Optimal Mix of Feedstock for Biofuels: Implications for Land Use and GHG Emissions
Increasing concerns about energy security and climate change mitigation have led to significant policy support for biofuels, particularly for cellulosic biofuels. This paper examines the short- and long-run effects of Renewable Fuel Standard (RFS) on the mix of biofuel feedstocks, food, fuel and wood markets and land use change by using an economic model that integrates the agriculture, forest and transportation fuel sectors. Our results show that RFS would lead to the production of about 1600 billion liters of corn ethanol over the 2010-2035 periods, which could constitute a maximum of two-thirds of the cumulative biofuel production; the remaining mandate is met by advanced biofuels. The logging and milling residues are the primary initial providers of biomass feedstocks. After year 2025, energy crops and crop residues will play the leading role in cellulosic feedstocks production. Producing these biofuels will not cause significant land use change between and within agricultural and forest sector as compared to the business-as-usual (BAU) case. While the RFS could significantly affect production, exports and prices of crop and livestock commodities relative to the BAU case, its impacts on the forest sector is found to be relatively small except for pulpwood related products in the long term. Overall, the RFS reduces cumulative social welfare over 2010-2035 periods by $78.8 Billion relative to the BAU case.
|Date of creation:||2013|
|Contact details of provider:|| Postal: 555 East Wells Street, Suite 1100, Milwaukee, Wisconsin 53202|
Phone: (414) 918-3190
Fax: (414) 276-3349
Web page: http://www.aaea.org
More information through EDIRC
References listed on IDEAS
Please report citation or reference errors to , or , if you are the registered author of the cited work, log in to your RePEc Author Service profile, click on "citations" and make appropriate adjustments.:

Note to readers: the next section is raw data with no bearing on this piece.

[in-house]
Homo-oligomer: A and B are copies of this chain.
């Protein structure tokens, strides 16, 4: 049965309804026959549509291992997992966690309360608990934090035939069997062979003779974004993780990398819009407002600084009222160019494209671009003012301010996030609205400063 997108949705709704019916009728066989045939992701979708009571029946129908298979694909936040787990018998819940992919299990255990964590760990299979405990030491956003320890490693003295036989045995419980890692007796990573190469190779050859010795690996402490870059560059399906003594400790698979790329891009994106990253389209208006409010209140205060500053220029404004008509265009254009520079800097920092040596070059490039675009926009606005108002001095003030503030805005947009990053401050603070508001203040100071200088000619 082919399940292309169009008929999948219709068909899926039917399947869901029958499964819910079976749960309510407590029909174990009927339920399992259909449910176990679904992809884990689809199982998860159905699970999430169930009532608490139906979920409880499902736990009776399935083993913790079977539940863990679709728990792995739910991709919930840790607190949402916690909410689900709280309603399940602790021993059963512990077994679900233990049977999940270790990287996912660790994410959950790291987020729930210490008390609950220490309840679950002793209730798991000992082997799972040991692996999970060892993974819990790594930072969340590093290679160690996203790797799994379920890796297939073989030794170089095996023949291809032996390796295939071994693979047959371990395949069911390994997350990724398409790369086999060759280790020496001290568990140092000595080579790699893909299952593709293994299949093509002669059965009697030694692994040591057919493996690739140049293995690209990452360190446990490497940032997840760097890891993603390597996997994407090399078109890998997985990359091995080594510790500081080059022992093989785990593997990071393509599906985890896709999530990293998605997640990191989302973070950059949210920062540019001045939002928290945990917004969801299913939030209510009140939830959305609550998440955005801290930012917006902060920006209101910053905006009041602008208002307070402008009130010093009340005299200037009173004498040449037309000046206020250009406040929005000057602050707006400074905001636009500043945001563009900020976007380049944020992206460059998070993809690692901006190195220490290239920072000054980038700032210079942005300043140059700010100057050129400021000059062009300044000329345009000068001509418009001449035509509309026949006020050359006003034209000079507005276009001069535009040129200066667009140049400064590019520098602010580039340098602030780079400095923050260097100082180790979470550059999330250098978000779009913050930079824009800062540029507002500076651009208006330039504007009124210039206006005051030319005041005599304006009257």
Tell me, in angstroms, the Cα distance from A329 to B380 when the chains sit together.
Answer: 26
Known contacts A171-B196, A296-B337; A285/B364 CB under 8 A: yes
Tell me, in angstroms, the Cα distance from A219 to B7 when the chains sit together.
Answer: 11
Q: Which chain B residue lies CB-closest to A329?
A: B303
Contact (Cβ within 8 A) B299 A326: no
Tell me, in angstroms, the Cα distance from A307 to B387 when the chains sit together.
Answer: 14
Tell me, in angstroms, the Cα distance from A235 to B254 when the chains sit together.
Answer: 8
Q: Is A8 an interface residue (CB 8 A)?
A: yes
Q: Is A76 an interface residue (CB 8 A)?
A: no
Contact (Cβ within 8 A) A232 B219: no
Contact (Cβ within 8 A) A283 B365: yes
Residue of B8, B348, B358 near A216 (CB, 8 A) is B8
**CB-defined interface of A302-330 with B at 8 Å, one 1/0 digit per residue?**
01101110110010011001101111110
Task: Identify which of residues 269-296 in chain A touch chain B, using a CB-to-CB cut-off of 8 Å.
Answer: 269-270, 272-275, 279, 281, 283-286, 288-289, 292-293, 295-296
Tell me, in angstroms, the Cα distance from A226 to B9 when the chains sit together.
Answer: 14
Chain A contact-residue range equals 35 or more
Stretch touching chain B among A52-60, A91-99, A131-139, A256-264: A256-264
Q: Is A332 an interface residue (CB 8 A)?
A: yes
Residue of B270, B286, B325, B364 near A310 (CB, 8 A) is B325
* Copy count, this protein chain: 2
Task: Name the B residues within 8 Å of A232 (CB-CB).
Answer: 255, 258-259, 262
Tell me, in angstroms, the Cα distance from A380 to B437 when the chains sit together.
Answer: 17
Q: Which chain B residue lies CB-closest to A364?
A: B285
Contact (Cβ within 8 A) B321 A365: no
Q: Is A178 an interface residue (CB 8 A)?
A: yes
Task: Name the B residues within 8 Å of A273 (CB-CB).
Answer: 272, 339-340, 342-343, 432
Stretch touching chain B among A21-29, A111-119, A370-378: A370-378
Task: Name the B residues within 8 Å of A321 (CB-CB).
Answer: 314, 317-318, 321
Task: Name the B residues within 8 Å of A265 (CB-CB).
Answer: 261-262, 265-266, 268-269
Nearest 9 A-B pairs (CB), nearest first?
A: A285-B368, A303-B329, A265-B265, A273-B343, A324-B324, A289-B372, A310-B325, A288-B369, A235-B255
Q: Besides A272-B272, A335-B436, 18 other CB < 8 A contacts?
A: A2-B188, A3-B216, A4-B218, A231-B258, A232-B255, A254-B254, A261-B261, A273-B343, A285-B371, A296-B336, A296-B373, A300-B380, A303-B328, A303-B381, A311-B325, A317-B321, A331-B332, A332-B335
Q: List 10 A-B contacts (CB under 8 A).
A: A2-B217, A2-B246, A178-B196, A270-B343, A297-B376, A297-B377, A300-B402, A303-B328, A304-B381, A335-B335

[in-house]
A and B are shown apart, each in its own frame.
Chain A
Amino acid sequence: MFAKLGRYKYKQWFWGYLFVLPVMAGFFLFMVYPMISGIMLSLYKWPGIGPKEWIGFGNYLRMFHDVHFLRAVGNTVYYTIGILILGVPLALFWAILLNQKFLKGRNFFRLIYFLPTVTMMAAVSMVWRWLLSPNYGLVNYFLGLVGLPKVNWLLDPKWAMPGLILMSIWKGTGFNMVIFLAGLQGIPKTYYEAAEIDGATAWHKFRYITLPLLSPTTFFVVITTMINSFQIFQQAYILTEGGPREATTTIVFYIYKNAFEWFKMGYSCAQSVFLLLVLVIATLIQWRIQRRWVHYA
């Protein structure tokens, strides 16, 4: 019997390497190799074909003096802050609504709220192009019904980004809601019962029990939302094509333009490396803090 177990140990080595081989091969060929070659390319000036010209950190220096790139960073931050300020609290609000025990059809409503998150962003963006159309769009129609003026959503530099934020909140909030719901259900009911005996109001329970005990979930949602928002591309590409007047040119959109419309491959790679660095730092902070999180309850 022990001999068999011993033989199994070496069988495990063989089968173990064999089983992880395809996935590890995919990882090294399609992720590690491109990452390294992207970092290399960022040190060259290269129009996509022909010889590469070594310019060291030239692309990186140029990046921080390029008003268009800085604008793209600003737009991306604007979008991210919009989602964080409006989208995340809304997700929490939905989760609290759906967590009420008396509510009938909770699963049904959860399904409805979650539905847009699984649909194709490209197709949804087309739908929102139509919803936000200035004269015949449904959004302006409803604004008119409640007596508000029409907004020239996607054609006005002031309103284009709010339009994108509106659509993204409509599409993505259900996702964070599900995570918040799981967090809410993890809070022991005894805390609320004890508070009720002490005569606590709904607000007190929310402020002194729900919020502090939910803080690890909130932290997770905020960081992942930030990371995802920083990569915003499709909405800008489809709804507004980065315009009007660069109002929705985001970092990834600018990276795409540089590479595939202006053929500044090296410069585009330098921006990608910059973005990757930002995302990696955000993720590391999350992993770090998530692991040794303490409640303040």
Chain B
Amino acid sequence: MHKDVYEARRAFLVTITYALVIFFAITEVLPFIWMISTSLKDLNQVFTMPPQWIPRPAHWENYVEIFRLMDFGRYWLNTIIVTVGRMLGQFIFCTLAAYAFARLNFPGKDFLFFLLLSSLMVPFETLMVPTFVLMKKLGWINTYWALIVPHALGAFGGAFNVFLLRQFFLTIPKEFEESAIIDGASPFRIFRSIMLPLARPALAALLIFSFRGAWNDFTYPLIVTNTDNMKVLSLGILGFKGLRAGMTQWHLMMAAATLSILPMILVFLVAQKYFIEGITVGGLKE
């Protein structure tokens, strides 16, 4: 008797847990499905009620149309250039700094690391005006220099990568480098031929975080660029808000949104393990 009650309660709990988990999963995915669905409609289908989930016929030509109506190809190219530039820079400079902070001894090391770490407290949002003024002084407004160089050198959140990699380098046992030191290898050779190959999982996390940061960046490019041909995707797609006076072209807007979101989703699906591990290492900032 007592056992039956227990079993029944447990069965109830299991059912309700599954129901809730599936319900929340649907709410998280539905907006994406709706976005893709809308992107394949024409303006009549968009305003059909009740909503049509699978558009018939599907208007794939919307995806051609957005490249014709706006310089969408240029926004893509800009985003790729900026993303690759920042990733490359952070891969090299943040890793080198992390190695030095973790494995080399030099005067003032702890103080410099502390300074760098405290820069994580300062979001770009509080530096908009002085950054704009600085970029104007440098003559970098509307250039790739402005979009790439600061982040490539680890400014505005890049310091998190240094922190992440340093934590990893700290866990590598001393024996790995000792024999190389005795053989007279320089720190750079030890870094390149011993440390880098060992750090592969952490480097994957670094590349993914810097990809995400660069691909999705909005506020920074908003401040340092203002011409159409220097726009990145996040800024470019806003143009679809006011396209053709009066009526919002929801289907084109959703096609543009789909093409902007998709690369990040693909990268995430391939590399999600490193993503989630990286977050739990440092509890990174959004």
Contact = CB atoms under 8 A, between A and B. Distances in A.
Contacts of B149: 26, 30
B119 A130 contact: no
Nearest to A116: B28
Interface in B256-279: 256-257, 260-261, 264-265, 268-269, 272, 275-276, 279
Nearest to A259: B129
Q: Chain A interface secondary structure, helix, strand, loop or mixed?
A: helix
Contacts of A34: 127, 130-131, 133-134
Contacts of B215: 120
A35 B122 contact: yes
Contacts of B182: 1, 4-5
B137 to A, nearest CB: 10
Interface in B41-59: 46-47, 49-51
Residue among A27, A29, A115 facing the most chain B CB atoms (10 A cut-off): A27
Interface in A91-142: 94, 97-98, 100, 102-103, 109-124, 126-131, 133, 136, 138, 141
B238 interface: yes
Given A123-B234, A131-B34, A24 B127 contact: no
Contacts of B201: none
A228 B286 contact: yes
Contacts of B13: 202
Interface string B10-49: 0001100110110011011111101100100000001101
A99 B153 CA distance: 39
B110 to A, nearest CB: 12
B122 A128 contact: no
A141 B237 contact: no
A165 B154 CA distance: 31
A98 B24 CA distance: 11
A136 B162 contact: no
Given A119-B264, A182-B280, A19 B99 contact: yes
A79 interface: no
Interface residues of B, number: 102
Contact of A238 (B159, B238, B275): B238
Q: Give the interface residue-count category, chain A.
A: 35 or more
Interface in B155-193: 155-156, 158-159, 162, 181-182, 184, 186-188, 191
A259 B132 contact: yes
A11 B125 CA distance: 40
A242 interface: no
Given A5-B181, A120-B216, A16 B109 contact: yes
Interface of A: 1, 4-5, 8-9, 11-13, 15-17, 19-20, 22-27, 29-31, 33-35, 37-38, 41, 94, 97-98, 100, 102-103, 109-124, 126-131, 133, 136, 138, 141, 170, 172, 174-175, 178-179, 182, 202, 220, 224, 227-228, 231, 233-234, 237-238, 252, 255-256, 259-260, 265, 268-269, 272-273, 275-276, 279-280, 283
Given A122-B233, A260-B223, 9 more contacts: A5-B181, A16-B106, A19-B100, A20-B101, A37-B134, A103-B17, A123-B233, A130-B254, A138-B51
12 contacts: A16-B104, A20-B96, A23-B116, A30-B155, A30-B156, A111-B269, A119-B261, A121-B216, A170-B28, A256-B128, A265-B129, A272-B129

- Robert H. Beach & Yuquan W. Zhang & Bruce A. Mccarl, 2012. "Modeling Bioenergy, Land Use, And Ghg Emissions With Fasomghg: Model Overview And Analysis Of Storage Cost Implications," Climate Change Economics (CCE), World Scientific Publishing Co. Pte. Ltd., vol. 3(03), pages 1-34.
- Ince, Peter J. & Kramp, Andrew D. & Skog, Kenneth E. & Yoo, Do-il & Sample, V. Alaric, 2011. "Modeling future U.S. forest sector market and trade impacts of expansion in wood energy consumption," Journal of Forest Economics, Elsevier, vol. 17(2), pages 142-156, April.
- Hayri Önal & Bruce A. McCarl, 1991. "Exact Aggregation in Mathematical Programming Sector Models," Canadian Journal of Agricultural Economics/Revue canadienne d'agroeconomie, Canadian Agricultural Economics Society/Societe canadienne d'agroeconomie, vol. 39(2), pages 319-334, 07.
- White, Eric M. & Latta, Greg & Alig, Ralph J. & Skog, Kenneth E. & Adams, Darius M., 2013. "Biomass production from the U.S. forest and agriculture sectors in support of a renewable electricity standard," Energy Policy, Elsevier, vol. 58(C), pages 64-74.
- Xiaoguang Chen & Haixiao Huang & Madhu Khanna & Hayri Önal, 2011.
"Meeting the Mandate for Biofuels: Implications for Land Use, Food, and Fuel Prices,"
in: The Intended and Unintended Effects of U.S. Agricultural and Biotechnology Policies, pages 223-267
National Bureau of Economic Research, Inc.
- Xiaoguang Chen & Haixiao Huang & Madhu Khanna & Hayri Önal, 2011. "Meeting the Mandate for Biofuels: Implications for Land Use, Food and Fuel Prices," NBER Working Papers 16697, National Bureau of Economic Research, Inc.
- Chen, Xiaoguang & Huang, Haixiao & Khanna, Madhu & Önal, Hayri, 2014. "Alternative transportation fuel standards: Welfare effects and climate benefits," Journal of Environmental Economics and Management, Elsevier, vol. 67(3), pages 241-257.
- Xiaoguang Chen & Hayri Önal, 2012. "Modeling Agricultural Supply Response Using Mathematical Programming and Crop Mixes," American Journal of Agricultural Economics, Agricultural and Applied Economics Association, vol. 94(3), pages 674-686. Full references (including those not matched with items on IDEAS)
When requesting a correction, please mention this item's handle: RePEc:ags:aaea13:150736. See general information about how to correct material in RePEc.
For technical questions regarding this item, or to correct its authors, title, abstract, bibliographic or download information, contact: (AgEcon Search)
If references are entirely missing, you can add them using this form.